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Riding into the sunset : The political economy of bicycles as a declining industry in Korea

Related Document
Frame of Image cles as a Declining Industry in Korea
July 2004 Hun Joo Park Y u n-Sook Park e KDI School of Public Policy and Management, 207-43 Chongnyangri- Dong, Dongdaemun-Gu Seoul 130-868 Korea phone: 82-2-3299-1028 fax: 82-2-3299-1240 e-mails: hjpark@kdischool.ac.kr; yeunsookpark@kdischool.ac.kr
Abstract This paper investigates the causes underlying the tragic story of Korea’ bicycle s industry from what appeared to be as competitive as Taiwan’ up until the 1970s to its s complete dissolution and collapse. Whereas Taiwan went on to overtake Japan as the world’ number one bicycle exporter by 1980, Korea’ bicycle industry peaked in the s s late 1980s without ever reaching its maturity both in terms of export and production performances and then hopelessly declined to fall apart by the late 1990s. This paper examines three key causal factors: Samchuly-Kia’s monopolistic complacency; Korea’ s industrial structure and the assembler-supplier relations; and the state’ unbalanced and s big chaebol-biased industrial policies. In so doing, it contributes to rethinking and redefining the role of government and industrial policy in managing so-called sunset industries. Key words: Bicycles, Sunset industry, Industrial upgrading, Small business, South Korea JEL classifications: L52, O53, P16
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Introduction
What has motivated this research is the following puzzle: While the bicycle industry in Korea 1 remained at least as competitive and promising as that in Taiwan up until the early 1970s, the s


Full Text
Title Riding into the sunset
Similar Titles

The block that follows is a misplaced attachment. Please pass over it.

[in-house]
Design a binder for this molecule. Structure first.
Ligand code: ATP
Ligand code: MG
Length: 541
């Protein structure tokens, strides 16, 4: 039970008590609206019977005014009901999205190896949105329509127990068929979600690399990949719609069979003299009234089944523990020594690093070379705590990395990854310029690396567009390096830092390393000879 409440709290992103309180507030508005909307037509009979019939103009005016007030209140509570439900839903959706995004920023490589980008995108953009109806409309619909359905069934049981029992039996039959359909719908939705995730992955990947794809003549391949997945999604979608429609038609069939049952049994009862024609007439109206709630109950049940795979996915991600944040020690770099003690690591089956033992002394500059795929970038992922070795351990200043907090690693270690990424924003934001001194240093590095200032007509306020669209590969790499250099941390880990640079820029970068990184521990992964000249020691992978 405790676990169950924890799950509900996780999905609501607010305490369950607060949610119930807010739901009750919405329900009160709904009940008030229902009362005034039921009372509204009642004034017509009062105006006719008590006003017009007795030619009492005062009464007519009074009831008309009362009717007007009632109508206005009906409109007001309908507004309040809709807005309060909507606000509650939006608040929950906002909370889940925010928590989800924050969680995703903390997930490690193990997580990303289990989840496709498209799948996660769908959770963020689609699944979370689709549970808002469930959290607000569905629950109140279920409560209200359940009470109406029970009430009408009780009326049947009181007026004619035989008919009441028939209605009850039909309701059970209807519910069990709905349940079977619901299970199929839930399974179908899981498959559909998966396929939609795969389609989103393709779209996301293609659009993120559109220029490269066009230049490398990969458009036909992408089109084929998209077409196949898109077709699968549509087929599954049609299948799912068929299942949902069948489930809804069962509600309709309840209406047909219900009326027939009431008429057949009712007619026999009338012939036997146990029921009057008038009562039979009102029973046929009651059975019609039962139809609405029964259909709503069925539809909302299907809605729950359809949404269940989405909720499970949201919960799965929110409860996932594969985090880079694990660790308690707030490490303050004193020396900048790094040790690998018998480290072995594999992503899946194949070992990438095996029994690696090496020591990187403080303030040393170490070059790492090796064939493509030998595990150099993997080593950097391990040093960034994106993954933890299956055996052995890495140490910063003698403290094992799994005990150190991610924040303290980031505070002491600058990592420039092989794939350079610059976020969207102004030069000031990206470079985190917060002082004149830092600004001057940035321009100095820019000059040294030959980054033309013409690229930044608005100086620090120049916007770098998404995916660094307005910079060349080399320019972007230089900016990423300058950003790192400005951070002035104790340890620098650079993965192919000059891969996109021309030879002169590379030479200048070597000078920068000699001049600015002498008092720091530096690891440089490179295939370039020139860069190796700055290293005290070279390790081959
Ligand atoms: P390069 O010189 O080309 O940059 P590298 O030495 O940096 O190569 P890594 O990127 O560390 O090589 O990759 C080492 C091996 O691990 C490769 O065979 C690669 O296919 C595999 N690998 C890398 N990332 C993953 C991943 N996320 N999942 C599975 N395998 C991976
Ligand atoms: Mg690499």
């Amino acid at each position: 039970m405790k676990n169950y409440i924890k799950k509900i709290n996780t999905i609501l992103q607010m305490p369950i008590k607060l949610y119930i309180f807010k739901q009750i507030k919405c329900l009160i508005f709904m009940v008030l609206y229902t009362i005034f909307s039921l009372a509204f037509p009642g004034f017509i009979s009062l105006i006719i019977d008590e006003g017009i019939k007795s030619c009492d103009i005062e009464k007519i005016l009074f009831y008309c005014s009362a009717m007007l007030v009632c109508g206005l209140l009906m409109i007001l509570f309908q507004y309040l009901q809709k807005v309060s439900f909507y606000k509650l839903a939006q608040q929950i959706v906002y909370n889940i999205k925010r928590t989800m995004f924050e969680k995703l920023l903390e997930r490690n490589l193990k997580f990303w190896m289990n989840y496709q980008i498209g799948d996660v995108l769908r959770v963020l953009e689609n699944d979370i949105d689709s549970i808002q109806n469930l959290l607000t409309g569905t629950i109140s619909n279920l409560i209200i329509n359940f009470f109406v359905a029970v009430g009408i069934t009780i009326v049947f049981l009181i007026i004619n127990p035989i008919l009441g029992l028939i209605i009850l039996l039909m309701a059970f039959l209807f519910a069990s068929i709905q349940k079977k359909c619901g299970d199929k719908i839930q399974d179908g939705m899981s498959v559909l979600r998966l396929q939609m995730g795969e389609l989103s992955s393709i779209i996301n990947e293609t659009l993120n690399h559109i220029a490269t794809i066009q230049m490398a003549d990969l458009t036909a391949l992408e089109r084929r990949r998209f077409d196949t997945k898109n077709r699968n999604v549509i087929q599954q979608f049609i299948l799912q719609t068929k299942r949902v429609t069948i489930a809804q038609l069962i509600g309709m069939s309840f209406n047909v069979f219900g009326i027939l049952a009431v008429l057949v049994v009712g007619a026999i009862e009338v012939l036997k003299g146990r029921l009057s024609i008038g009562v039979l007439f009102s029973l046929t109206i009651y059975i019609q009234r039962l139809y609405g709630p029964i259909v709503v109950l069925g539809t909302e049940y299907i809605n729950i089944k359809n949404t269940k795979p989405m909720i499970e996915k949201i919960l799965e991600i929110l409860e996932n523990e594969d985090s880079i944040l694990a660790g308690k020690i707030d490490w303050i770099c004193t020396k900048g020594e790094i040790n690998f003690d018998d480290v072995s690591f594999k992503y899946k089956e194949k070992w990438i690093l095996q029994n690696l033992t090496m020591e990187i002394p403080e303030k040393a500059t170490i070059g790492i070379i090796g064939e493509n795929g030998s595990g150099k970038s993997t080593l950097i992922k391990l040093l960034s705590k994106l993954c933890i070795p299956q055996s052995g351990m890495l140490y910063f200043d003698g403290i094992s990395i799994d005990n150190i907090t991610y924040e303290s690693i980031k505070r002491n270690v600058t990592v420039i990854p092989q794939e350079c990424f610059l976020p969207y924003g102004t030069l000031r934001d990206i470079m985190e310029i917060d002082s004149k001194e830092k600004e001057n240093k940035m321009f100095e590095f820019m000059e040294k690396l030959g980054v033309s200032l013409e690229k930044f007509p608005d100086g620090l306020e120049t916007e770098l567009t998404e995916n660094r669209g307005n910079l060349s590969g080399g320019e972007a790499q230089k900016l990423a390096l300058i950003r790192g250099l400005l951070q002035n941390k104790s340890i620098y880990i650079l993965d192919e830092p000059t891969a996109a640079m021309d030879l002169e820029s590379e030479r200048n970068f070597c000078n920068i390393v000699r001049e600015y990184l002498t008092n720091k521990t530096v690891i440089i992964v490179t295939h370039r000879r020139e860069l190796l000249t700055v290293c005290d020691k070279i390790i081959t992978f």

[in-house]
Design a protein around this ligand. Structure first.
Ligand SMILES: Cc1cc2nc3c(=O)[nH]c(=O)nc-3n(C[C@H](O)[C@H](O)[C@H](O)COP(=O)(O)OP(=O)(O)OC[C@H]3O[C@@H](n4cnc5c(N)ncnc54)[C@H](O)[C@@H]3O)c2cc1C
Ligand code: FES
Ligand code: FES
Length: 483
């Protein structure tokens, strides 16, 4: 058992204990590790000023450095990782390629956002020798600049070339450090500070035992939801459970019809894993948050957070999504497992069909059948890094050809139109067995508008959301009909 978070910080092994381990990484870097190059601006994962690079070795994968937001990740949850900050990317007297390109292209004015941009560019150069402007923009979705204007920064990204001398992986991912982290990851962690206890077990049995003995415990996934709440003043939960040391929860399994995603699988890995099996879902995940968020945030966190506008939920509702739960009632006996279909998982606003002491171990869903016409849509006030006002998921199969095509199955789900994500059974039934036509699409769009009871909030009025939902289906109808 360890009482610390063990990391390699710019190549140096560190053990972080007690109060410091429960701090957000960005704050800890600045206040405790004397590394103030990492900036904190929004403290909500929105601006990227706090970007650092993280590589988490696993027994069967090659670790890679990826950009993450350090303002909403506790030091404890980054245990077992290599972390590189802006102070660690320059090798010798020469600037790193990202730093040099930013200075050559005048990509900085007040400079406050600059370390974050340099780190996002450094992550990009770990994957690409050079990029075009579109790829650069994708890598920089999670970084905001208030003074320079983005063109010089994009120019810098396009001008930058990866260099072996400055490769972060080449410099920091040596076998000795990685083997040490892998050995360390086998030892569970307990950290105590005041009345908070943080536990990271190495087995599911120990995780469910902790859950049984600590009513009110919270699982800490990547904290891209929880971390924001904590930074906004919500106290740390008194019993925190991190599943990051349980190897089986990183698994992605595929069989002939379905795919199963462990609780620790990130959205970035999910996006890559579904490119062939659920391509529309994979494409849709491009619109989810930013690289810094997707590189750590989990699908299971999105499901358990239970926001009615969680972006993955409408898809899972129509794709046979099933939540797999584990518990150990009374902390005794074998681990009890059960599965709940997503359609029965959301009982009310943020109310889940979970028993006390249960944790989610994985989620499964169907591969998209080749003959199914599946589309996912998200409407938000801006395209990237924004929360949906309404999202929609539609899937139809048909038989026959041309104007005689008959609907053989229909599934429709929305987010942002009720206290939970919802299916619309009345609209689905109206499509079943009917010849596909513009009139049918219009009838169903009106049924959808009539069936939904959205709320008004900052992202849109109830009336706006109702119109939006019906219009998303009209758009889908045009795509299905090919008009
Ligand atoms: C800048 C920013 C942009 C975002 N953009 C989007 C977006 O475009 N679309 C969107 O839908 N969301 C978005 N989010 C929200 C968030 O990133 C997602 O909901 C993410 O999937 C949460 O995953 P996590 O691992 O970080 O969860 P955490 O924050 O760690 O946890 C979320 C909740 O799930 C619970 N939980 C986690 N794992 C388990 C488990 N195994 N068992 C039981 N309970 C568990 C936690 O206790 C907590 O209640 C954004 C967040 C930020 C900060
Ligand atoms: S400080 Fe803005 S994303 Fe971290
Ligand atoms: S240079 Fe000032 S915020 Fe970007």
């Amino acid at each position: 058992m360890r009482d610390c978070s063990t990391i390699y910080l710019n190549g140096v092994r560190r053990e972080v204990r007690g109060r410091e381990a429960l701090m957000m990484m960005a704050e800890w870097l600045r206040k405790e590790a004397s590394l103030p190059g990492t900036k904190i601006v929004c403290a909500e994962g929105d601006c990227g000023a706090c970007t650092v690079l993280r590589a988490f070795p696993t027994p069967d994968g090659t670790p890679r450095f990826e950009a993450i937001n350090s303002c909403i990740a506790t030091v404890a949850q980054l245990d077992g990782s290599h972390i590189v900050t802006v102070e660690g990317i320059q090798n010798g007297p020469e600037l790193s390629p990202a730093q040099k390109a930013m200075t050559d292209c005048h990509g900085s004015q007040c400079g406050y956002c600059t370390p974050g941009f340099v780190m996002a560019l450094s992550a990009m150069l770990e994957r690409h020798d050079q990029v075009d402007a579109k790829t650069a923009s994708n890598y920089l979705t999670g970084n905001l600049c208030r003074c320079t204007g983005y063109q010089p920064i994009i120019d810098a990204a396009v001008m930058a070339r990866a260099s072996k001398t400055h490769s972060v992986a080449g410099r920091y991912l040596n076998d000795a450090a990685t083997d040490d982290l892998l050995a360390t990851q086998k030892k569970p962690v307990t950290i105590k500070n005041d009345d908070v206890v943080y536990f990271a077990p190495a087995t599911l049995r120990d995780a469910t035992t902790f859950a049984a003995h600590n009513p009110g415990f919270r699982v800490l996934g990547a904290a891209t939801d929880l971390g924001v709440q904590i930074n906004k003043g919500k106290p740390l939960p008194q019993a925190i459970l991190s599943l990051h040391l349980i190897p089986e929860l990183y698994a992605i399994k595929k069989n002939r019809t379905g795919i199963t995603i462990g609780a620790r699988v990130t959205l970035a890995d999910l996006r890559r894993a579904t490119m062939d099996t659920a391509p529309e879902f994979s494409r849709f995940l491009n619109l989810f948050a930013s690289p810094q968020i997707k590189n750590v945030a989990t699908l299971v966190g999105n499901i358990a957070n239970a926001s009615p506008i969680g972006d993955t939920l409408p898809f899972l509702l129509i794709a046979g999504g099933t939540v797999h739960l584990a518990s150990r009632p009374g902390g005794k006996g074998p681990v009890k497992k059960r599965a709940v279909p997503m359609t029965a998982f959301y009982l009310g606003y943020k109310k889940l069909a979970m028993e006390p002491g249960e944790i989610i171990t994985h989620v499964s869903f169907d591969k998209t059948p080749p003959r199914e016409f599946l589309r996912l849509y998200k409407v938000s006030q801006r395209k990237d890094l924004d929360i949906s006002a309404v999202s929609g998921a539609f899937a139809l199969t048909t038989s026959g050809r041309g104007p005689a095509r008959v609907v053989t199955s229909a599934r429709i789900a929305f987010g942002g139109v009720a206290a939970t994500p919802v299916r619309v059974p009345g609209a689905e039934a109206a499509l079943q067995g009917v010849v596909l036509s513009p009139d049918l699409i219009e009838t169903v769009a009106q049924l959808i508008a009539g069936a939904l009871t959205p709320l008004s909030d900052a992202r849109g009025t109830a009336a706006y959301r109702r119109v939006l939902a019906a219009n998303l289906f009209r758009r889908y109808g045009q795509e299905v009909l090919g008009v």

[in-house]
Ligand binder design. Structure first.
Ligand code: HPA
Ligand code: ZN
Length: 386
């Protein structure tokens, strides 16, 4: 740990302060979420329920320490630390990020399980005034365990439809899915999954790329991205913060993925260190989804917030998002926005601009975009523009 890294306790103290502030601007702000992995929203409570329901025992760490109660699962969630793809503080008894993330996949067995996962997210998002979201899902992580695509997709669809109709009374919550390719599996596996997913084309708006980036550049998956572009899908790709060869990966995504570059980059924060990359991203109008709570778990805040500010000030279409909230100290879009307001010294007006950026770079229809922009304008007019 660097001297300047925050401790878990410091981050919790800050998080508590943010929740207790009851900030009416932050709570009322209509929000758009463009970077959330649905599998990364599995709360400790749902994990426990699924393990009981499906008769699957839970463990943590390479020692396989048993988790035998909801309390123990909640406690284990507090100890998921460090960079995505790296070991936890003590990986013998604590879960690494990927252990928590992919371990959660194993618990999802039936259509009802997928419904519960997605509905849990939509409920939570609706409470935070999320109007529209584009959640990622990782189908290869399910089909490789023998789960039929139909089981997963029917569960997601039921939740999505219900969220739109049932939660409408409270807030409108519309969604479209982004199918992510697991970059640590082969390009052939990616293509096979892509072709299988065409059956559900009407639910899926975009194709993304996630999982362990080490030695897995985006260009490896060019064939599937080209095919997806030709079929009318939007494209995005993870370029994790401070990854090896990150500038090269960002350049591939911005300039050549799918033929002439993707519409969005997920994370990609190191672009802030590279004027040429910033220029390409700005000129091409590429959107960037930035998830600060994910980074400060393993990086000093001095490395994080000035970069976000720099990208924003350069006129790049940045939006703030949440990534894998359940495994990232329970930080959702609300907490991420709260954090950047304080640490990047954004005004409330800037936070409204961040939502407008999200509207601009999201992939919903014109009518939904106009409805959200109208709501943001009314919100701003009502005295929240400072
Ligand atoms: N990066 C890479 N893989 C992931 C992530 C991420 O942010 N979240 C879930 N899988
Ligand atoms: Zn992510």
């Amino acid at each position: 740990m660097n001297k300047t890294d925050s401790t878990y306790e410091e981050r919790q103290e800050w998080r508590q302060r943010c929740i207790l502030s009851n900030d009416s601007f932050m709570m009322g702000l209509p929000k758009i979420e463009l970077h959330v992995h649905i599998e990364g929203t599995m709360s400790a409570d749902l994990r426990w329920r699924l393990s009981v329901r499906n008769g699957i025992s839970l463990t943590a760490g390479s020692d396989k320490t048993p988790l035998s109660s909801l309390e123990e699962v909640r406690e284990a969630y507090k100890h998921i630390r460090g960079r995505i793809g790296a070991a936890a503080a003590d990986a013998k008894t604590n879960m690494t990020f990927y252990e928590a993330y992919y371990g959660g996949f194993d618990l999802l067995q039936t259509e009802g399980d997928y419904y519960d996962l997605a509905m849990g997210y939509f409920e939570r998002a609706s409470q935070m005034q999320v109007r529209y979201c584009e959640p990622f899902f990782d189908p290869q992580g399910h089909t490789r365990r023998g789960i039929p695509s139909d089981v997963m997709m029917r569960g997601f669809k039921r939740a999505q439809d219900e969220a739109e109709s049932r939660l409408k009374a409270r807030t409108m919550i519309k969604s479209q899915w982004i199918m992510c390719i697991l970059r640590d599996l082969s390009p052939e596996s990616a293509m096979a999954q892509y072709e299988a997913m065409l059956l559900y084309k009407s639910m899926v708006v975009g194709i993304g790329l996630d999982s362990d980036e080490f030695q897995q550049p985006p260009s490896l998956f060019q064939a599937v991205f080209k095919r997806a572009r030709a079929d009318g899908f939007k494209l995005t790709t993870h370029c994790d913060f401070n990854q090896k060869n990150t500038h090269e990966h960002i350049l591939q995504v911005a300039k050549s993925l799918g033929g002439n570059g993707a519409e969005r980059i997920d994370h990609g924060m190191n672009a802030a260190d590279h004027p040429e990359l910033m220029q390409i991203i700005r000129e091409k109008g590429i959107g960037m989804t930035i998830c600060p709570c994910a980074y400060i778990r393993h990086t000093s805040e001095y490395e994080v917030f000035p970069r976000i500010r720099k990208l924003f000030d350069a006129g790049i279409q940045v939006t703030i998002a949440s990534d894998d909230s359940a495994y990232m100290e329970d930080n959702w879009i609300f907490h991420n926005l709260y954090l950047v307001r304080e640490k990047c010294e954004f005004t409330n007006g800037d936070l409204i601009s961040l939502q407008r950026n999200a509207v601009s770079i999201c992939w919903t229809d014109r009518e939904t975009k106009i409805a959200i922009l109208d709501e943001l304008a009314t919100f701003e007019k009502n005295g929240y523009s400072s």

Sub Title

The political economy of bicycles as a declining industry in Korea

Material Type Reports
Author(English)

Park, Hun Joo; Park, Yeun-Sook

Publisher

[Seoul]:KDI school of Public Policy and Management

Date 2004-07
Series Title; No KDI school working paper series / 04-15
Pages 35
Subject Country South Korea(Asia and Pacific)
Language English
File Type Documents
Original Format pdf
Subject Industry and Technology < General
Holding KDI school of Public Policy and Management

Abstract

This paper investigates the causes underlying the tragic story of Korea’s bicycle
industry from what appeared to be as competitive as Taiwan’s up until the 1970s to its
complete dissolution and collapse. Whereas Taiwan went on to overtake Japan as the
world’s number one bicycle exporter by 1980, Korea’s bicycle industry peaked in the
late 1980s without ever reaching its maturity both in terms of export and production
performances and then hopelessly declined to fall apart by the late 1990s. This paper
examines three key causal factors: Samchuly-Kia’s monopolistic complacency; Korea’s
industrial structure and the assembler-supplier relations; and the state’s unbalanced and
big chaebol-biased industrial policies. In so doing, it contributes to rethinking and
redefining the role of government and industrial policy in managing so-called sunset
industries.